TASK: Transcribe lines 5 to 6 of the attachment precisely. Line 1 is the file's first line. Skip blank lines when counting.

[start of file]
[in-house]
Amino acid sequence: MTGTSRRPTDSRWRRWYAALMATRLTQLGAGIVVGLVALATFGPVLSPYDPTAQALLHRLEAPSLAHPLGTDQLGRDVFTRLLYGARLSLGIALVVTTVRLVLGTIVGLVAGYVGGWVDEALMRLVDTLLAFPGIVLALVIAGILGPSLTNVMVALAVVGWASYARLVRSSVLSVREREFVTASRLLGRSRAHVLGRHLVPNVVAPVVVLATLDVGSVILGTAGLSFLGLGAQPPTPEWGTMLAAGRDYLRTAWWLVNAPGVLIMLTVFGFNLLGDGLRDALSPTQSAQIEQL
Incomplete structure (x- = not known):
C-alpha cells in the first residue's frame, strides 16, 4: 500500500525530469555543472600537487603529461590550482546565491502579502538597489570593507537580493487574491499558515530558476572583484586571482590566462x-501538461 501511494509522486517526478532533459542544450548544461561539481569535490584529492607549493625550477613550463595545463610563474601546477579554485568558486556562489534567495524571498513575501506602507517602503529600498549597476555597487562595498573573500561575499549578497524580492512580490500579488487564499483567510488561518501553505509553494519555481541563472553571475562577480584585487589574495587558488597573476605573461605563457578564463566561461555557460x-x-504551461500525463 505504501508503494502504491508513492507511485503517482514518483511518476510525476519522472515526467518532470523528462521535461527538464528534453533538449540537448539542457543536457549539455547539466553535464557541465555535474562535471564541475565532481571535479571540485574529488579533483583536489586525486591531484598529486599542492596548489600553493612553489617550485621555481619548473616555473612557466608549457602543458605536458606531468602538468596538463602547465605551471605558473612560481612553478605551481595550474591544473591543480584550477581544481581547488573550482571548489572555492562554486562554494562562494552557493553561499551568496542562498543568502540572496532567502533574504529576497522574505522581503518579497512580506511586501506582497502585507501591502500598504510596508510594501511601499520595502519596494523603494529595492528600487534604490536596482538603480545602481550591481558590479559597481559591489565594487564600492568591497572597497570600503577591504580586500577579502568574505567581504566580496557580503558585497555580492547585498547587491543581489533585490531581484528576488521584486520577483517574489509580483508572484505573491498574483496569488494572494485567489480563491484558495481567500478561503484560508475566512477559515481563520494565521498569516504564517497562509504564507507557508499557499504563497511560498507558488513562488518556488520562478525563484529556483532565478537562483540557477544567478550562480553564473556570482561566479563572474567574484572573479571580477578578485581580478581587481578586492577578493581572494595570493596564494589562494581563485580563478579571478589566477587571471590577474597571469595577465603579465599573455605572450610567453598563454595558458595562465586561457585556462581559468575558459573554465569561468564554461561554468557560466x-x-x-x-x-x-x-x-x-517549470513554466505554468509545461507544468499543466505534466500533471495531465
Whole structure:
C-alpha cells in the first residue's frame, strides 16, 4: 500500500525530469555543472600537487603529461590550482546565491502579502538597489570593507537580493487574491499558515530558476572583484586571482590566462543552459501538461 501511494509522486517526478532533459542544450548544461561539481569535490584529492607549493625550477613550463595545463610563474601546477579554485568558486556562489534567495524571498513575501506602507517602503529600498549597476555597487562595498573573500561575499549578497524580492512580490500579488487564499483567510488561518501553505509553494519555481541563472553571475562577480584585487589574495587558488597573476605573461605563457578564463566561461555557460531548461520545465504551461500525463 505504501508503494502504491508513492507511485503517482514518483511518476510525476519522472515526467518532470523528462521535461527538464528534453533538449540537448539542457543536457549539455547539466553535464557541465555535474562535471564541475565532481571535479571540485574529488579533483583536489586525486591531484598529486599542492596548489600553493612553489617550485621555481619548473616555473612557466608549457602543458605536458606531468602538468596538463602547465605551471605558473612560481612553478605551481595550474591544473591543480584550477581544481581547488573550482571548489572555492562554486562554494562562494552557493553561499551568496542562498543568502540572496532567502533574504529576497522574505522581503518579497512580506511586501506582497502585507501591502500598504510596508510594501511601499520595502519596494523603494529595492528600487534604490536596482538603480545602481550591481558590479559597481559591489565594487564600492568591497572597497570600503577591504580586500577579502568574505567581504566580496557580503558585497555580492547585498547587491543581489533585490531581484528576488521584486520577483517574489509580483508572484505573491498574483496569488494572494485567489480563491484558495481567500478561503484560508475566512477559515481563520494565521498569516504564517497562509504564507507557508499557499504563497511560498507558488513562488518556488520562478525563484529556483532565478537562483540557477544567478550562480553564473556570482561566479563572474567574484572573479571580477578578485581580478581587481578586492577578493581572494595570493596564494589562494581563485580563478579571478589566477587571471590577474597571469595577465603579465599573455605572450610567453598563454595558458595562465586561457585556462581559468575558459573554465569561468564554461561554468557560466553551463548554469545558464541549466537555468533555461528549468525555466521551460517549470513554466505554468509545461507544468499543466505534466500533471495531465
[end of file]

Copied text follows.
Whole structure:
C-alpha cells in the first residue's frame, strides 16, 4: 500500500525530469555543472600537487603529461590550482546565491502579502538597489570593507537580493487574491499558515530558476572583484586571482590566462543552459501538461 501511494509522486517526478532533459542544450548544461561539481569535490584529492607549493625550477613550463595545463610563474601546477579554485568558486556562489534567495524571498513575501506602507517602503529600498549597476555597487562595498573573500561575499549578497524580492512580490500579488487564499483567510488561518501553505509553494519555481541563472553571475562577480584585487589574495587558488597573476605573461605563457578564463566561461555557460531548461520545465504551461500525463 505504501508503494502504491508513492507511485503517482514518483511518476510525476519522472515526467518532470523528462521535461527538464528534453533538449540537448539542457543536457549539455547539466553535464557541465555535474562535471564541475565532481571535479571540485574529488579533483583536489586525486591531484598529486599542492596548489600553493612553489617550485621555481619548473616555473612557466608549457602543458605536458606531468602538468596538463602547465605551471605558473612560481612553478605551481595550474591544473591543480584550477581544481581547488573550482571548489572555492562554486562554494562562494552557493553561499551568496542562498543568502540572496532567502533574504529576497522574505522581503518579497512580506511586501506582497502585507501591502500598504510596508510594501511601499520595502519596494523603494529595492528600487534604490536596482538603480545602481550591481558590479559597481559591489565594487564600492568591497572597497570600503577591504580586500577579502568574505567581504566580496557580503558585497555580492547585498547587491543581489533585490531581484528576488521584486520577483517574489509580483508572484505573491498574483496569488494572494485567489480563491484558495481567500478561503484560508475566512477559515481563520494565521498569516504564517497562509504564507507557508499557499504563497511560498507558488513562488518556488520562478525563484529556483532565478537562483540557477544567478550562480553564473556570482561566479563572474567574484572573479571580477578578485581580478581587481578586492577578493581572494595570493596564494589562494581563485580563478579571478589566477587571471590577474597571469595577465603579465599573455605572450610567453598563454595558458595562465586561457585556462581559468575558459573554465569561468564554461561554468557560466553551463548554469545558464541549466537555468533555461528549468525555466521551460517549470513554466505554468509545461507544468499543466505534466500533471495531465